We can therefore conclude from the FTIR spectroscopy result that all functional groups found in Figure 6 are same with those in Figure 8. Hence, both compounds are the same. This implies that the black coloured supernatant liquid from aqueous method of extraction is not a dye. This assertion was further confirmed by the change in colour of the aqueous extract from black to deep brown when drops of 1% NaOH solution were mixed with it. The dark coloured liquid from aqueous extraction method is therefore attributed to the scattering of fine (minute) particles of the black coloured powder of the dry Rothmannia whitfieldii fruit (pulp and seed) when put in hot water.

Similarly, from the FTIR spectroscopy, we have been able to ascertain that the dye component of dry Rothmannia whitfieldii fruit was only extracted by the alkali solution and not water. Visual observation of the supernatant liquid after extraction with alcohol and acid solution also confirmed that the dye component of dry Rothmannia whitfieldii fruit is not soluble in both and not extracted in both.

We have therefore succeeded to prove that dry Rothmannia whitfieldii fruit which hitherto is not considered useful is a good source of natural dye. It has also been established that to extract dye from dry Rothmannia whitfieldii fruit powder, alkali extraction method should be used. Unlike Jansen [6] who only made a presumption, we have confirmed that Rothmannia whitfieldii fruit contains flavonols due to the IR peak at 1390.3 cm−1.

Conflicts of Interest

The authors declare no conflicts of interest regarding the publication of this paper.

Cite this paper

Nnorom, O. and Onuegbu, G. (2019) Authentication of Rothmannia whitfieldii Dye Extract with FTIR Spectroscopy. Journal of Textile Science and Technology, 5, 38-47. doi: 10.4236/jtst.2019.52004.


[1] Cardon, D., Borus, D. and Lemmens, R.H.M.J. (2006) PROTA 3: Dyes and Tannins. International Symposium/Workshop on Natural Dyes, Hyderabad, November 2006.
[2] Kasiri, M.B. and Safapour, S. (2014) Natural Dyes and Antimicrobials for Green Treatment of Textiles. Environmental Chemistry Letters, 12, 1-13.
[3] Samanta, A.K. and Konar, A. (2011) Dyeing of Textiles with Natural Dyes. In: Kumbasar, E.A., Ed., Natural Dyes, IntechOpen, London, 29-56.
[4] Grover, N. and Patni, V. (2011) Extraction and Application of Natural Dye Preparations from the Floral Parts of Woodfordia fruticosa (Linn.) Kurz. Indian Journal of Natural Products and Resources, 2, 403-408.
[5] Osabohien, E. (2009) Extraction and Utilization of Natural Dyestuffs from Dongoyaro Plant. Advanced Natural and Applied Science Research, 7, 187-190.
[6] Jansen, P.C.M. (2005) Rothmanniawhitfieldii (Lindl.) Dandy. In: Jansen, P.C.M. and Cardon, D., Eds., Plant Resources of Tropical Africa, PROTA, Wageningen, 1-2.
[7] Osabohien, E. and Otutu, J.O. (2014) Extraction and Utilization of Natural Dyestuffs from the Bark of Whistling Pine and the Root of African Peach. British Journal of Applied Science & Technology, 4, 2921-2930.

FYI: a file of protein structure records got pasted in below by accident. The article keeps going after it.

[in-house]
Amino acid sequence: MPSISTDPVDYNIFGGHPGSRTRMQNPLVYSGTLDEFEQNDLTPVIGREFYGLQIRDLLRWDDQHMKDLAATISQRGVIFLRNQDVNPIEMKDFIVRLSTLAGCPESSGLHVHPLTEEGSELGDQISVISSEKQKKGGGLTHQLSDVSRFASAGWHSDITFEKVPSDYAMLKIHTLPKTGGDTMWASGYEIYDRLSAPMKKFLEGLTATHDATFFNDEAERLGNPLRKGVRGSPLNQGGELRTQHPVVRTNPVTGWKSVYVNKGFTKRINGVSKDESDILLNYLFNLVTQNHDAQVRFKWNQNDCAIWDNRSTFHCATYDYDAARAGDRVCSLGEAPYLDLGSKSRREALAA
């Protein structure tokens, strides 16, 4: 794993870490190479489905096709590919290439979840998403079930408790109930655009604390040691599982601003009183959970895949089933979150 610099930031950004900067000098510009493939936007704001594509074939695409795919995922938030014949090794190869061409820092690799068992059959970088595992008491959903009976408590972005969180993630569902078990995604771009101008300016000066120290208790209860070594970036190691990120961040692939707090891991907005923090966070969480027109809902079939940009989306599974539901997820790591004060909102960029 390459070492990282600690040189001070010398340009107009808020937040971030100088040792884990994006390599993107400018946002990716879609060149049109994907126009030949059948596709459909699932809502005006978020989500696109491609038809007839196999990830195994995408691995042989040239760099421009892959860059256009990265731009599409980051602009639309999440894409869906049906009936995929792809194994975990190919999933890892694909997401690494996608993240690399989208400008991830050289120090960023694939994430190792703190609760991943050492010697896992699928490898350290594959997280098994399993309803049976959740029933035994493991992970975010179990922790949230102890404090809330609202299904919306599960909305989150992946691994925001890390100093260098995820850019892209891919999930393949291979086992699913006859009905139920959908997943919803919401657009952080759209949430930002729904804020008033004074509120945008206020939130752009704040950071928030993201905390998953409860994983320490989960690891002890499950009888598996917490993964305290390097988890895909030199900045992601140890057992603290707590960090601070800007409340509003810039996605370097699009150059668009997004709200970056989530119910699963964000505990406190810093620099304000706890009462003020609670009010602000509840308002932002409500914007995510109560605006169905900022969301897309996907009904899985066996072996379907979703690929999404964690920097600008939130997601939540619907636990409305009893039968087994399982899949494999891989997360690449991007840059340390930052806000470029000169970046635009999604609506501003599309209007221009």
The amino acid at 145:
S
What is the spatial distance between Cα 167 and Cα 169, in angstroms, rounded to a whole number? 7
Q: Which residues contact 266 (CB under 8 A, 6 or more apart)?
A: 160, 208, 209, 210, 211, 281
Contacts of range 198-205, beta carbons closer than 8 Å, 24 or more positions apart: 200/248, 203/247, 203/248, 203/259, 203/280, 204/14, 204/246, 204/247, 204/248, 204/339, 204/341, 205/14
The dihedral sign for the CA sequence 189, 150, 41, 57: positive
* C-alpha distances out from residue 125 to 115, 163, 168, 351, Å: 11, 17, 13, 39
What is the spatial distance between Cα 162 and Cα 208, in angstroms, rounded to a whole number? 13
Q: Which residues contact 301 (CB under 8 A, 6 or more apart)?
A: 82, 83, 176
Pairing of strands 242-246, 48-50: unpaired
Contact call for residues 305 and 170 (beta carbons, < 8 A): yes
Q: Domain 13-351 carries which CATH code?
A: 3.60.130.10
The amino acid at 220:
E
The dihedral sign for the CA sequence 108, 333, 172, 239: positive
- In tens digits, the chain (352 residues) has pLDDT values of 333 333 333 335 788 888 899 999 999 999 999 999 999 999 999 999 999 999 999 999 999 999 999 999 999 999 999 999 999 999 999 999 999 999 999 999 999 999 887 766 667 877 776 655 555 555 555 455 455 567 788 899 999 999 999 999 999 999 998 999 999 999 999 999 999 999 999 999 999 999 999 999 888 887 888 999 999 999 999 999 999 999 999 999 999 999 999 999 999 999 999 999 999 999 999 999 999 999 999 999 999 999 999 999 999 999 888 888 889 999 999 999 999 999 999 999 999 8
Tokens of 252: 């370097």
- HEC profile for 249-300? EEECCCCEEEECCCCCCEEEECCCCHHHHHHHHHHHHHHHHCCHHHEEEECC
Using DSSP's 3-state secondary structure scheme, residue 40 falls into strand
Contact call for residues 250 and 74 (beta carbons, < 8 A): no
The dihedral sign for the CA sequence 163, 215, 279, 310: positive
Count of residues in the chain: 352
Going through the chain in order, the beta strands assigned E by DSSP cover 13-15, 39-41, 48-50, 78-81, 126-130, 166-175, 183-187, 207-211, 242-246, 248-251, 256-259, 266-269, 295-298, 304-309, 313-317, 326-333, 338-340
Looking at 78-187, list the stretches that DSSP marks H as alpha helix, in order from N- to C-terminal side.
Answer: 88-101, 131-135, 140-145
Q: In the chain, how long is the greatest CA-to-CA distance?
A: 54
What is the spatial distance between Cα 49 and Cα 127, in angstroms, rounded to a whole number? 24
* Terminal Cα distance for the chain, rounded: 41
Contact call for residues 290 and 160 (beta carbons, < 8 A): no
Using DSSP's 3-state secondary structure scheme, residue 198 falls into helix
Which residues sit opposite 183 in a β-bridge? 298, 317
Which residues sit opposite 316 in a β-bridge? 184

[8] Chanayath, N., Lhieochaiphant, S. and Phutrakul, S. (2002) Pigment Extraction Techniques from the Leaves of Indigofera tinctoria Linn. and Baphicacanthus cusia Brem. and Chemical Structure Analysis of Their Major Components. CMU Journal, 1, 149-160.
[9] Christile, R.M. (2001) Colour Chemistry. Royal Society of Chemistry, Cambridge.
[10] Hansen, C.M. (2000) Solubility Parameters—An Introduction. In: Hansen Solubility Parameters: A User’s Handbook, CRC Press, Boca Raton, 1-25.
[11] Nicolet, T. (2001) Introduction to Fourier Transform Infrared Spectrometry, Thermo Nicolet Corporation.
[12] Infrared Spectroscopy. In Modern Chemical Techniques, 62-91.
[13] (n.d.) Spectroscopy Data Tables. 1-19.
[14] (n.d.) Infrared Spectroscopy Absorption Table.
[15] (n.d.) Introduction to the Interpretation of Infrared Spectra.
[16] Coates, J. (2000) Interpretation of Infrared Spectra, a Practical Approach. In: Meyers, R.A., Ed., Encyclopedia of Analytical Chemistry, John Wiley and Sons Ltd., Chichester, 1-23.
[17] Nnorom, O.O., Iheonye, A.E., Obidiegwu, M.U. and Iheaturu, N.C. (2018) Extraction of Natural Dyes from Rothmannia whitfieldii (Uri) and Baphia nitida (Uhie). Futo Journal Series, 4, 188-198.
[18] Janani, L., Hillary, L. and Phillips, K. (2014) Mordanting Methods for Dyeing Cotton Fabrics with Dye from Albizia Coriaria Plant Species. Journal of Scientific and Research Publications, 4, 2250-3153.
[19] Gurses, A., Acikyildiz, M., Gunes, K. and Gurses, M.S. (2016) Dyes and Pigments: Their Structure and Properties. Springer Briefs in Green Chemistry Sustainability, Berlin, 13-29.

comments powered by Disqus

Copyright © 2018 by authors and Scientific Research Publishing Inc.

Creative Commons License

This work and the related PDF file are licensed under a Creative Commons Attribution 4.0 International License.